“Offers a very thorough and long overdue discussion of the Yooper dialect.” —Marquette Monthly
Yooper Talk is a fresh and significant contribution to understanding regional language and culture in North America. The Upper Peninsula of Michigan—known as "the UP"—is historically, geographically, and culturally distinct. Struggles over land, labor, and language during the last 150 years have shaped the variety of English spoken by resident Yoopers, as well as how they are viewed by outsiders–and themselves.
Drawing on sixteen years of fieldwork, including interviews with seventy-five lifelong residents of the UP, Kathryn Remlinger examines how the idea of a unique Yooper dialect emerged. Considering UP English in relation to other regional dialects and their speakers, she looks at local identity, literacy practices, media representations, language attitudes, notions of authenticity, economic factors, tourism, and contact with immigrant and Native American languages. The book also explores how a dialect becomes a recognizable and valuable commodity: Yooper talk (or "Yoopanese") is emblazoned on t-shirts, flags, postcards, coffee mugs, and bumper stickers.
Yooper Talk explains linguistic concepts with entertaining examples for general readers and also contributes to interdisciplinary discussions of dialect and identity in sociolinguistics, anthropology, dialectology, and folklore.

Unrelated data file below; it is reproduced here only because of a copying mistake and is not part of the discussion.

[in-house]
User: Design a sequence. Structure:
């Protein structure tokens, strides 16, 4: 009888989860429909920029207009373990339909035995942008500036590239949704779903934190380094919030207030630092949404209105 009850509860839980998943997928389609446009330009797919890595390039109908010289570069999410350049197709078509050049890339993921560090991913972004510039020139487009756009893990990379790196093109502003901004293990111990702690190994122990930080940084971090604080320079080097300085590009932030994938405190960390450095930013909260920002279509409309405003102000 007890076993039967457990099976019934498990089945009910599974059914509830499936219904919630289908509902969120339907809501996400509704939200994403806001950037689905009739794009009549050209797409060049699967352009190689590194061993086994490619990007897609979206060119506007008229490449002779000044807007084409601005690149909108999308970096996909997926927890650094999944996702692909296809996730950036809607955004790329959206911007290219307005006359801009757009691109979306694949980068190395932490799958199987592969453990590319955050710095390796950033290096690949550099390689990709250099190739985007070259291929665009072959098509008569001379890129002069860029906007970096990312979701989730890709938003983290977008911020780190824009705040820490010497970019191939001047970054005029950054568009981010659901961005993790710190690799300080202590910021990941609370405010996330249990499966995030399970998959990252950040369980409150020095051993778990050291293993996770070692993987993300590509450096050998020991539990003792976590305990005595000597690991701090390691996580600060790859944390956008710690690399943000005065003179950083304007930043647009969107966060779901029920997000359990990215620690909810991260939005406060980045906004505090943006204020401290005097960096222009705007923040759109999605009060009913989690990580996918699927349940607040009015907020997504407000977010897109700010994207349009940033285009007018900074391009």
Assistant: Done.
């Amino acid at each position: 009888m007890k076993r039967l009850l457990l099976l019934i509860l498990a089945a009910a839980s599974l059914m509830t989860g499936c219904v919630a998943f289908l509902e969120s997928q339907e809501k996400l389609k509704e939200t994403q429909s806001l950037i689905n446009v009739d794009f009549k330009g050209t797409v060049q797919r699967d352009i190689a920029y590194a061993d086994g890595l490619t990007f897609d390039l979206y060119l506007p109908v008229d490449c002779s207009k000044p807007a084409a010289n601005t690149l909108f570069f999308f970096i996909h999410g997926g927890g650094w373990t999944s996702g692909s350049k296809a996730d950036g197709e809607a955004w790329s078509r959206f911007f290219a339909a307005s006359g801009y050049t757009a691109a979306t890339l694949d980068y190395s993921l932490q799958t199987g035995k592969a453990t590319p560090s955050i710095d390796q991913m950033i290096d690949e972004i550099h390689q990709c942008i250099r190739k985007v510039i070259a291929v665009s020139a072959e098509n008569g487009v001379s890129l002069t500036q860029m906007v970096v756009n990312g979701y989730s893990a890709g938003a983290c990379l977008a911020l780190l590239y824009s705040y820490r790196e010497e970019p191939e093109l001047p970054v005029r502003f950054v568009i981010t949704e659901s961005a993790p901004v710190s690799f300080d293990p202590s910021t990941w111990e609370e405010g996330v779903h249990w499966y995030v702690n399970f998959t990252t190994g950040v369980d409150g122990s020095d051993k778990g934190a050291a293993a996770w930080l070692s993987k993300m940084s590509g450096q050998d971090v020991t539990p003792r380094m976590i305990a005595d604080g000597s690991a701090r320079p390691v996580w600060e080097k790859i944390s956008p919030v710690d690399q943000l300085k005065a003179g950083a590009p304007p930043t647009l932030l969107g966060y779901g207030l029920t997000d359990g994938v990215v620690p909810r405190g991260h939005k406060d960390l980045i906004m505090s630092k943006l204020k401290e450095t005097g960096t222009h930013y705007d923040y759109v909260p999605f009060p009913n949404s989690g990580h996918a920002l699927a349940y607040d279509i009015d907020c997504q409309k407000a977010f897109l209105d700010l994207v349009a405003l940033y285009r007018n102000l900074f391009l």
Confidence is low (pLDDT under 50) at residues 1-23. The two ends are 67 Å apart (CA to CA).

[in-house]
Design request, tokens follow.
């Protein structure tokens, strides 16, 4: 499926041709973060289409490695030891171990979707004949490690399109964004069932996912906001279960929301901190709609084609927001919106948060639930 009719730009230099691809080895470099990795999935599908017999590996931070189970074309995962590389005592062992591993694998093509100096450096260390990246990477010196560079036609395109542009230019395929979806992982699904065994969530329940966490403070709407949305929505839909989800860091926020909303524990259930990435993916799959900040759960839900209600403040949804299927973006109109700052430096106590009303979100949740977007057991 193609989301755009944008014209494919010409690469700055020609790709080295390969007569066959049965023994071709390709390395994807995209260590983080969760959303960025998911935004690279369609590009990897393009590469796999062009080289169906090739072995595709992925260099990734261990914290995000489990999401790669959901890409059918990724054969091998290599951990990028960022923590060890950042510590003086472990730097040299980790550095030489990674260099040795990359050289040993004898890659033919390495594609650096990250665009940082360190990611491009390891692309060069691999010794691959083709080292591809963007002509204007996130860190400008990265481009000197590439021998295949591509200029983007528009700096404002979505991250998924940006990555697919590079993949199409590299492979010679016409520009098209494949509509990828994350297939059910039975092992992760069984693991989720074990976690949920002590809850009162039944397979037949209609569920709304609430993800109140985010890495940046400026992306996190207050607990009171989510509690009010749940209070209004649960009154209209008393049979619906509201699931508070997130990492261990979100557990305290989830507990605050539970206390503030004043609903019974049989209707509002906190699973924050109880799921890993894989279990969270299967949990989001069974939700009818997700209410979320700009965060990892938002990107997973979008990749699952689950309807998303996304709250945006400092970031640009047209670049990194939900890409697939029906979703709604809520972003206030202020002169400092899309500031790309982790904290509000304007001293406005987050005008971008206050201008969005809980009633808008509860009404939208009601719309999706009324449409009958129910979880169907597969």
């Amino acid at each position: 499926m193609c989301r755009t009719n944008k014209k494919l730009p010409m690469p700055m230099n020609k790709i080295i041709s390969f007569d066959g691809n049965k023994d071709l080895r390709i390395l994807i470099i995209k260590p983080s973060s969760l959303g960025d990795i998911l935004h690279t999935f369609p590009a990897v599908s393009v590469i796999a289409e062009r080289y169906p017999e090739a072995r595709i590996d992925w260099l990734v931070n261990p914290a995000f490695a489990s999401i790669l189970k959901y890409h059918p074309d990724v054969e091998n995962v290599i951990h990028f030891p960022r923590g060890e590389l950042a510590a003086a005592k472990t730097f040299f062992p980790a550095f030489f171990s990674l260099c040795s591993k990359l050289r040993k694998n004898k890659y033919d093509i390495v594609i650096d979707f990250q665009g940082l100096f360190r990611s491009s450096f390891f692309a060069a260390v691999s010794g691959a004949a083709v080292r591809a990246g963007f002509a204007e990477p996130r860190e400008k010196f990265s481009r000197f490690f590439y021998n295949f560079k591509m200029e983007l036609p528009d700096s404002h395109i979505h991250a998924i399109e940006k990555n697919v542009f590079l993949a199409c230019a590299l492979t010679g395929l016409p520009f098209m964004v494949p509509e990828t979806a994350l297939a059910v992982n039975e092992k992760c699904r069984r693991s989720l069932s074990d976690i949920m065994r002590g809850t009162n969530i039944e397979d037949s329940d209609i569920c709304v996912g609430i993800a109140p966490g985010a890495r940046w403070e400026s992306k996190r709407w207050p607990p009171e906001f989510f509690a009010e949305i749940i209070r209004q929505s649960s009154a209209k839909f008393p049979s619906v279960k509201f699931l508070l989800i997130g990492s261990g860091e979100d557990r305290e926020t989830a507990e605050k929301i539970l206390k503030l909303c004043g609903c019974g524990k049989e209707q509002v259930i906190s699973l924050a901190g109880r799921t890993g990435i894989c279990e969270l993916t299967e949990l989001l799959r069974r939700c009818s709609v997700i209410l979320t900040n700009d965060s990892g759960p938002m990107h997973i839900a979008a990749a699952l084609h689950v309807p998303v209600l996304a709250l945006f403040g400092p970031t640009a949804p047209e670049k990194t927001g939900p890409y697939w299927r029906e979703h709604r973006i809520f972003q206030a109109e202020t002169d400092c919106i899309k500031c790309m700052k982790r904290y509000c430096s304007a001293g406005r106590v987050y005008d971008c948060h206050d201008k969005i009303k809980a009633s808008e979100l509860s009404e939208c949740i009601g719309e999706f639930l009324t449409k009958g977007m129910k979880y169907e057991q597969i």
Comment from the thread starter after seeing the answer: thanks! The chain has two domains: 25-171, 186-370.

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Kathryn Remlinger is a professor of English at Grand Valley State University in Allendale, Michigan.
“Undeniably a significant contribution to the study of a unique aspect of Michigan history and culture.… For those who are fascinated by language or Yooper culture and dialect, there is gold to be mined in this book.” —Michigan in Books
“Provides an interesting case study of dialect enregisterment and the relationship between language and cultural identity more broadly.” —Michigan Historical Review
“Explores UP identity, driven by anecdotes and historical accounts. [Remlinger] goes beyond speech analysis, providing enough narrative and peninsula history to engage readers lacking a linguistics background.” —Langsing City Pulse
“A fresh and significant contribution to understanding regional language and culture in North America.” —Grand Traverse Scene
“Although humorous songs poke fun at Yoopers' words and customs, Remlinger takes this place and its people very seriously. She explains how history, ethnicity, environment, economic changes, tourism, and especially language have created a colorful and distinctive regional dialect and identity.” —Larry Lankton, Hollowed Ground: Copper Mining and Community Building on Lake Superior
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